Thawing permafrost and global warming fuel each other
An international study led by experts at The University of Queensland has investigated the level of greenhouse gas emissions that will be produced by thawing permafrost over the next 100 years. The findings may enable scientists to more accurately predict the future rate of global warming.
The researchers examined the microorganisms involved in permafrost carbon degradation and found a link between changing microbial communities and a rise in greenhouse gas emissions.
“As global temperatures rise, large amounts of carbon sequestered in perennially frozen permafrost are becoming available for microbial degradation,” explained study co-author Dr Woodcroft.
“Until now, accurate prediction of greenhouse gas emissions produced from thawing permafrost has been limited by our understanding of permafrost microbial communities and their carbon metabolisms.”
The researchers used sequencing methods developed by study co-author Professor Gene Tyson to analyze over 200 samples from intact, thawing, or thawed permafrost sites in northern Sweden.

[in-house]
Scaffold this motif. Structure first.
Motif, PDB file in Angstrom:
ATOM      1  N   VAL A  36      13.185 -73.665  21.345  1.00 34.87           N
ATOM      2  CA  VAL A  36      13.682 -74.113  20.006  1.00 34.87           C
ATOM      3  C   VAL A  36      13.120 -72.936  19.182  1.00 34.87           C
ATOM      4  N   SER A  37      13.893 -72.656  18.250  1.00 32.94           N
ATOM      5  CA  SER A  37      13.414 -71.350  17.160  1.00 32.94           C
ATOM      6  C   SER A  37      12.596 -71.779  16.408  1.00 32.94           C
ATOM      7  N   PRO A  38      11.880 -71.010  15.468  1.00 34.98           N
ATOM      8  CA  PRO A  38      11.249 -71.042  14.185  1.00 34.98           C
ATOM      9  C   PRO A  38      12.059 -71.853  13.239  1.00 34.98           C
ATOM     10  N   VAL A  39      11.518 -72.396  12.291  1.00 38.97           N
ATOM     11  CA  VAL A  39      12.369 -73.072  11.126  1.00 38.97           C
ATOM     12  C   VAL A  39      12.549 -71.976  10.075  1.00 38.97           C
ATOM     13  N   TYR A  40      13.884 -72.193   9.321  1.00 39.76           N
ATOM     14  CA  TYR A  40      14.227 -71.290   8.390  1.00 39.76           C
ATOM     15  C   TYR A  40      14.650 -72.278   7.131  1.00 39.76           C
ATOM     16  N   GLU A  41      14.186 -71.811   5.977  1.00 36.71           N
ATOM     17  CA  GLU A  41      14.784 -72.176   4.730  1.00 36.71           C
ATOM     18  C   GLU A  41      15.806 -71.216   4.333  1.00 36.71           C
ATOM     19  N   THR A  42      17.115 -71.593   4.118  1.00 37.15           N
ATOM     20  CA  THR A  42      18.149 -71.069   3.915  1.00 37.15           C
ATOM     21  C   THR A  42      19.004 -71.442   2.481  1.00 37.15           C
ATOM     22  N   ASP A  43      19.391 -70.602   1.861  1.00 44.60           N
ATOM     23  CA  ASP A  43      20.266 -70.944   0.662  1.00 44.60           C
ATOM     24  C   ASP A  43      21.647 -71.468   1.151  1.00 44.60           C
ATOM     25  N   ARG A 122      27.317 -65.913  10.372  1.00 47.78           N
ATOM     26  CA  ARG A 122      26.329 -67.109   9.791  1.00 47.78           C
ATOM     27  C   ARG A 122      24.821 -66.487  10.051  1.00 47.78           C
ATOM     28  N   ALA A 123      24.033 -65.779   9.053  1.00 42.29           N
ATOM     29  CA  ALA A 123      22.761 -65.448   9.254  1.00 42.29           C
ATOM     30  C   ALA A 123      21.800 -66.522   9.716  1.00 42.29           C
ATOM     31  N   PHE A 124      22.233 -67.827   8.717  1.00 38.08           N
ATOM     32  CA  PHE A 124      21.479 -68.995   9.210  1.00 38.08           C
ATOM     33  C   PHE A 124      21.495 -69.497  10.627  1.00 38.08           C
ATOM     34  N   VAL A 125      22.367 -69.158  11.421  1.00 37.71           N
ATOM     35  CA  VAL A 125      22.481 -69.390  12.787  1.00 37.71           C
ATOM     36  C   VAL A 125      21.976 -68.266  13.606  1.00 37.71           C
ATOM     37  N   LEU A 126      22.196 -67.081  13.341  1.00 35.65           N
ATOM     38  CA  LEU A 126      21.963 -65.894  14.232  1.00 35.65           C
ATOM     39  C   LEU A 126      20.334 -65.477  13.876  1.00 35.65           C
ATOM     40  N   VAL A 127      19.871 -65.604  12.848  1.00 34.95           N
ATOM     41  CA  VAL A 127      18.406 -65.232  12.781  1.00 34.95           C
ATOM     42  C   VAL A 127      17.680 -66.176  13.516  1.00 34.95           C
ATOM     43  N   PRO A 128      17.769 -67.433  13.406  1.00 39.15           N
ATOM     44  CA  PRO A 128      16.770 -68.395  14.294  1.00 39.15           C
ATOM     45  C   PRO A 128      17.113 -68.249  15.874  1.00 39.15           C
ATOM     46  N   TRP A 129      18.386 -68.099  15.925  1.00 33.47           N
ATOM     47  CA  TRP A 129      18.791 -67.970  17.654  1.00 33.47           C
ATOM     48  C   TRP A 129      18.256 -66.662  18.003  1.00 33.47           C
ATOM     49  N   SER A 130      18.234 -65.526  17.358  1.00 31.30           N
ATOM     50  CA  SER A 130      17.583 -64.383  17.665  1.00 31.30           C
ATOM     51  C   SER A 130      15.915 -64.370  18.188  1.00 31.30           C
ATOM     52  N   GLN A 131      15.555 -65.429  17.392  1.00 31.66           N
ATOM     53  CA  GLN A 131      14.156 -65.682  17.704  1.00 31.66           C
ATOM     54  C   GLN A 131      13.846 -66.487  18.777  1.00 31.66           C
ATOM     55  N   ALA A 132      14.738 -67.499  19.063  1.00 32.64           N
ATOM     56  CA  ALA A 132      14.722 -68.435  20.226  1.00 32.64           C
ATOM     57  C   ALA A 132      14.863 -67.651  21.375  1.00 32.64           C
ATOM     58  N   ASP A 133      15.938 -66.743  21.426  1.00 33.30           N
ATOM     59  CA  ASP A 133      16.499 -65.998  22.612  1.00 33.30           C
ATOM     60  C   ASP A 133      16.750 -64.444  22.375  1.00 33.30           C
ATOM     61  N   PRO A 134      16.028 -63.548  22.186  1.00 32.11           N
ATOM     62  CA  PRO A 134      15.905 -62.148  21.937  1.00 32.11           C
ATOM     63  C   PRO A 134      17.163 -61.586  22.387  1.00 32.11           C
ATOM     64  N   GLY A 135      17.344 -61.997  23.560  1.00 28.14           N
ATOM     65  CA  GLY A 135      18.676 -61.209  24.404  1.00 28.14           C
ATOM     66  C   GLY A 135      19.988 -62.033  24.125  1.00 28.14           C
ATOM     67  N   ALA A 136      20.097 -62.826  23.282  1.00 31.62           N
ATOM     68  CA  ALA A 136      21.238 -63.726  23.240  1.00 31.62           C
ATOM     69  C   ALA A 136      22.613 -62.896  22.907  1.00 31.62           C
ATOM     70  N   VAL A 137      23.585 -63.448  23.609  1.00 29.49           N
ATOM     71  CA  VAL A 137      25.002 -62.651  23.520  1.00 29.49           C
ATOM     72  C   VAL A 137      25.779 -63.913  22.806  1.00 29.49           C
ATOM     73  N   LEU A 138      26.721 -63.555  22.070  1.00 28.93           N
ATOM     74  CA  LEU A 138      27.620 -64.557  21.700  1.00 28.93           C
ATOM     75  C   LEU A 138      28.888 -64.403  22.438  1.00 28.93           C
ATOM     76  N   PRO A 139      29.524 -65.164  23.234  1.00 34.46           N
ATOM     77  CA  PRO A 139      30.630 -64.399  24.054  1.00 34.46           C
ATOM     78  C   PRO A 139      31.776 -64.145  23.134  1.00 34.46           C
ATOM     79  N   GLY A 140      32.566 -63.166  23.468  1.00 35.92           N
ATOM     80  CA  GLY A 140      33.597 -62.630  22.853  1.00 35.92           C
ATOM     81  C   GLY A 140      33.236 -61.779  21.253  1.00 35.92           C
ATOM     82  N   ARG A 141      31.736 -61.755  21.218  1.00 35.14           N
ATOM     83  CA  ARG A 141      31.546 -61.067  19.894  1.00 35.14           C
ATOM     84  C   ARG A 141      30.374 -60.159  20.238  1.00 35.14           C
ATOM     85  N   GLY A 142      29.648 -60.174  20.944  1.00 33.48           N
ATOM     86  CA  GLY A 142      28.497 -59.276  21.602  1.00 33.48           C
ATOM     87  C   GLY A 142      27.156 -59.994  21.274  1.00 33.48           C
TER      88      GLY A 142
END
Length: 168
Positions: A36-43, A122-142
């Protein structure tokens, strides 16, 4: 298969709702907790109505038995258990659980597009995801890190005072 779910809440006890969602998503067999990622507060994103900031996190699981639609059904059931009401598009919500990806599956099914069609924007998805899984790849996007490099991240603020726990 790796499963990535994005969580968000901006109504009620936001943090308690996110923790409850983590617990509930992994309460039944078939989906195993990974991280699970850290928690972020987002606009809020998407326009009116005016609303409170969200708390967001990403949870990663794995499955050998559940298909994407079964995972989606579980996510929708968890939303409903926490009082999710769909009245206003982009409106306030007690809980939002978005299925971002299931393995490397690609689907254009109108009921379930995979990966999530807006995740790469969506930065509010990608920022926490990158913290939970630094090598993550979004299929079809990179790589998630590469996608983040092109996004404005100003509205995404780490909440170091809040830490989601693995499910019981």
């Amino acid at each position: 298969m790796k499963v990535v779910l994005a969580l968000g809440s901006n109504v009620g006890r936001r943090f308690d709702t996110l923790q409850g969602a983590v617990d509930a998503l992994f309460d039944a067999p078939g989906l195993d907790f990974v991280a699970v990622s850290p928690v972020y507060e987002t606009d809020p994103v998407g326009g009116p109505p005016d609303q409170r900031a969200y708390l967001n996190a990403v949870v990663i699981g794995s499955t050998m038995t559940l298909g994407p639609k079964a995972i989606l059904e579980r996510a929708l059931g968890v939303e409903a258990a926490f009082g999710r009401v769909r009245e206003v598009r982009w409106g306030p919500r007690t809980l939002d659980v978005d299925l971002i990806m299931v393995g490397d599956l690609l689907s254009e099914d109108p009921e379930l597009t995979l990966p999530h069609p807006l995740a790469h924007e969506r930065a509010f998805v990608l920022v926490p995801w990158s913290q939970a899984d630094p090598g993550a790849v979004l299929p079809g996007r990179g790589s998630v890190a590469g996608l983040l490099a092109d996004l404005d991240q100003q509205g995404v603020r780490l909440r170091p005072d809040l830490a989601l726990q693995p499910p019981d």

The study produced over 1,500 microbial genomes that had never before been identified and which were found to be involved in complex biochemical networks. The research also implicated a number of these new lineages in the production of greenhouse gases.
Study co-author and PhD student Caitlin Singleton said that permafrost stores around 50 percent of the total global soil carbon, or 1,580 billion tons.
“The Intergovernmental Panel on Climate Change report estimated that between 30 and 99 percent of near-surface permafrost could disappear by 2100,” said Singleton.
“Northern permafrost wetlands contribute a significant portion of global methane emissions, particularly as collapsing permafrost can create the perfect anaerobic conditions for methane-producing microorganisms (methanogens), and their metabolic partners, to thrive.”
“This is important as methane is a potent greenhouse gas – 25 times more efficient at trapping the sun’s radiation in our atmosphere than carbon dioxide.”
According to Singleton, methane emissions increase as permafrost thaws, causing a positive feedback loop where increased atmospheric warming will cause more thawing.
The study is published in the journal Nature.
Image Credit: Caitlin Singleton